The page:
Key brain mechanism in transition to alcohol dependence have been discovered by scientists. This finding would pave way in developing drugs to manage excessive alcohol consumption.
"Our focus in this study, like much of our lab's research, was to examine the role of the brain's stress system in compulsive alcohol drinking driven by the aversive aspects of alcohol withdrawal," said Scripps Research Associate Professor Marisa Roberto.
"A major goal for this study was to determine the neural circuitry that mediates the transition to alcohol dependence," Research Associate Nicholas Gilpin added.
Researchers have linked the role of neuropeptide Y and the amygdale in determining alcohol dependence. The amygdala, a group of nuclei deep within the medial temporal lobes performs an important role in the processing and memory of emotional reactions.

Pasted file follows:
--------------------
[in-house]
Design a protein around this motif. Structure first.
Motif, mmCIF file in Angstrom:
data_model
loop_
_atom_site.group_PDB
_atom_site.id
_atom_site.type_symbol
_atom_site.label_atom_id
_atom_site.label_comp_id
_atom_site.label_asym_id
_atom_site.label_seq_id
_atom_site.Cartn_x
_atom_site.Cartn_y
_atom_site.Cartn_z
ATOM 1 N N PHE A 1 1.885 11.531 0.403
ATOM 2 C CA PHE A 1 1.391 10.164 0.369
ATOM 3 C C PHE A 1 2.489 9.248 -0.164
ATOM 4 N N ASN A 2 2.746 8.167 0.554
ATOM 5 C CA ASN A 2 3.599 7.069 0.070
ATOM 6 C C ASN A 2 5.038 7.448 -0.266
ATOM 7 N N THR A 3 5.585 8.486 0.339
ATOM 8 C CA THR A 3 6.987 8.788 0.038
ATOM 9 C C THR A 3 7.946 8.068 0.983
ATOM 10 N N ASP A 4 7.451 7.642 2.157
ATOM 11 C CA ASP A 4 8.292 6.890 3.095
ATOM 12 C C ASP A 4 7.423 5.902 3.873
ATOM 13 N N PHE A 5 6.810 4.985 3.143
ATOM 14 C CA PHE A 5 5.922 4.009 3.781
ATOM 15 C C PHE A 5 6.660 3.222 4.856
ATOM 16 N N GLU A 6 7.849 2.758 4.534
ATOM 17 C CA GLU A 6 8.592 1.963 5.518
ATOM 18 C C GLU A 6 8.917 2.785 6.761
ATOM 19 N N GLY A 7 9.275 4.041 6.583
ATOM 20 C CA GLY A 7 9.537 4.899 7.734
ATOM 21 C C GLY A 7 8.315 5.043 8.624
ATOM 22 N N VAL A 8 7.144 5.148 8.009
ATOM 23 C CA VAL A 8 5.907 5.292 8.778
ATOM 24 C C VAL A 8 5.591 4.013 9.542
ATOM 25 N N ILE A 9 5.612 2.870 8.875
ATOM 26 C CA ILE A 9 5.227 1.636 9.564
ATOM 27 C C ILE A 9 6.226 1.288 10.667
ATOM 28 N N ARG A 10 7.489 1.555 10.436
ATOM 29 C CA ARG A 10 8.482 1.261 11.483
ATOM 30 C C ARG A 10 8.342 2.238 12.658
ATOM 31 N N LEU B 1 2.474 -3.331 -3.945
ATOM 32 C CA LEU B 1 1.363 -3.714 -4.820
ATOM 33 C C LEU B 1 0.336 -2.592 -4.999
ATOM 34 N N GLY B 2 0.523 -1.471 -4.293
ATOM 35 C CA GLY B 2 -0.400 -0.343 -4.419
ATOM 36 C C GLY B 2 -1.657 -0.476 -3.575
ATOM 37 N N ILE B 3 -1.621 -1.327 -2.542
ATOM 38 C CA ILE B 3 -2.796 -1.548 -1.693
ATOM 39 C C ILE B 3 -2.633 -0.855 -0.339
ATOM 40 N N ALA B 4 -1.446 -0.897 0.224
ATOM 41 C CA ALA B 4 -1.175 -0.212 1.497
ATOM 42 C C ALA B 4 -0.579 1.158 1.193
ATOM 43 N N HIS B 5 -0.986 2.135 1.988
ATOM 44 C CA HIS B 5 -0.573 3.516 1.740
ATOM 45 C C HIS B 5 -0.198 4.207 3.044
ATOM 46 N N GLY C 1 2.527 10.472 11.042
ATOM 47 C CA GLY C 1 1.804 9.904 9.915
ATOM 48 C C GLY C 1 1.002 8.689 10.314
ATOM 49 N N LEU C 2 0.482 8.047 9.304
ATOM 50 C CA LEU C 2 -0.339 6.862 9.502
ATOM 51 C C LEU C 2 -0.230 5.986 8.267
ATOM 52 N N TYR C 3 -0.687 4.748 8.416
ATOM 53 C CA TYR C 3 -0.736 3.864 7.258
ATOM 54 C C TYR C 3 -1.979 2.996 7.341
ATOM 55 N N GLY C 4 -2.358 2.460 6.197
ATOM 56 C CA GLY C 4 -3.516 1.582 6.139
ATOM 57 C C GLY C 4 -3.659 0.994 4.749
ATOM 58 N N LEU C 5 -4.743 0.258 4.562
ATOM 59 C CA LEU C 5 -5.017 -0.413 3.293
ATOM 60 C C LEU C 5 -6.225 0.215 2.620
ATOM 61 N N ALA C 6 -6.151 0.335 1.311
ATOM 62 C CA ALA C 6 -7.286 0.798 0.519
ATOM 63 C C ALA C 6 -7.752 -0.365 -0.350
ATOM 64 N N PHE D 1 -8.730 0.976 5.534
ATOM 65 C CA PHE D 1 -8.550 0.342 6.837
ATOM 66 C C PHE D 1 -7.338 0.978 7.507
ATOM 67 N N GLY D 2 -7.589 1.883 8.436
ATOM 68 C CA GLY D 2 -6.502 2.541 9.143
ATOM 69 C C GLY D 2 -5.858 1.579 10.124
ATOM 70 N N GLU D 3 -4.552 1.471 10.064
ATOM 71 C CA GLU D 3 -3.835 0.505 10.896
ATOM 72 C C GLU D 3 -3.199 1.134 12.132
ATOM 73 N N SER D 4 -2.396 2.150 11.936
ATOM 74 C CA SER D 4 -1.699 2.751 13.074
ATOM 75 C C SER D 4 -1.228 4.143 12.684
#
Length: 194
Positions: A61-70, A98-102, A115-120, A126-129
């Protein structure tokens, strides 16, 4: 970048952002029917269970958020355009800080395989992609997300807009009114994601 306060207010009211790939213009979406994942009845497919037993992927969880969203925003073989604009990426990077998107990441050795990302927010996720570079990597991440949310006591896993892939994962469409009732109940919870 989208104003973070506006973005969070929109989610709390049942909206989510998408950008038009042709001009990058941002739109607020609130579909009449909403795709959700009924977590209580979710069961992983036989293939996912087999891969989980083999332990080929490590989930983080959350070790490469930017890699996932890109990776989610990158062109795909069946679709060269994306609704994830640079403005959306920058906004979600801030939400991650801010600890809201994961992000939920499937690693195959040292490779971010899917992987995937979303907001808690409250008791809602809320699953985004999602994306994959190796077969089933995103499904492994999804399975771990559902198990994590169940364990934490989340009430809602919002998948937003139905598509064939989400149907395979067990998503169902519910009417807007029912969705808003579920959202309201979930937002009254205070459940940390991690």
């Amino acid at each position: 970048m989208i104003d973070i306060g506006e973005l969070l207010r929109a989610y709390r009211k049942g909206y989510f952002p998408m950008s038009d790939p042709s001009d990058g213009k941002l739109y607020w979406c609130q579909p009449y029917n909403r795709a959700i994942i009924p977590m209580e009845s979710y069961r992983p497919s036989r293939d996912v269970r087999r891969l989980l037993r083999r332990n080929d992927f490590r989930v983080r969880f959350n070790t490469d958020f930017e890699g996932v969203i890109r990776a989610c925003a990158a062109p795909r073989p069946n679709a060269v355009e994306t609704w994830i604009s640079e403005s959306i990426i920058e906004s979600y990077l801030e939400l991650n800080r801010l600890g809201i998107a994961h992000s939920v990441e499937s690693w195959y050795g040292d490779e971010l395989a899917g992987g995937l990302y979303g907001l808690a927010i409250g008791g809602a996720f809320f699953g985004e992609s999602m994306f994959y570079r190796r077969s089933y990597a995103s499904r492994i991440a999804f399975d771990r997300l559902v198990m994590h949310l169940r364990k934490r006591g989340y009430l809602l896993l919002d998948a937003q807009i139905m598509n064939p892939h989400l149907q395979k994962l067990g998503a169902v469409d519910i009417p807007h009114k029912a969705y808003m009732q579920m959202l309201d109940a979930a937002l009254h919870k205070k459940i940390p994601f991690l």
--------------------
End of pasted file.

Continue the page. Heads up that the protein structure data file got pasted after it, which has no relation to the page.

"We've known for quite some time that neuropeptide Y is an endogenous [naturally occurring] anti-stress agent," said Markus Heilig, clinical director of the National Institute of Alcohol Abuse and Alcoholism (NIAAA).
"We've also known that development of alcohol dependence gives rise to increased sensitivity to stress. This paper elegantly and logically brings these two lines of research together. It supports the idea that strengthening neuropeptide Y transmission in the amygdala would be an attractive treatment for alcoholism." he added.
Researchers observed the effects of the administration neuropeptide Y in the central amygdala on alcohol drinking in rats.
"Normally, the transition to alcohol dependence is accompanied by gradually escalating levels of alcohol consumption during daily withdrawals," Gilpin explained.
From the results, researchers reported a suppression of alcohol consumption with chronic neuropeptide Y infusions and attributed it to some neurocircuitry involved.
The study is published in the current issue of the journal Biological Psychiatry.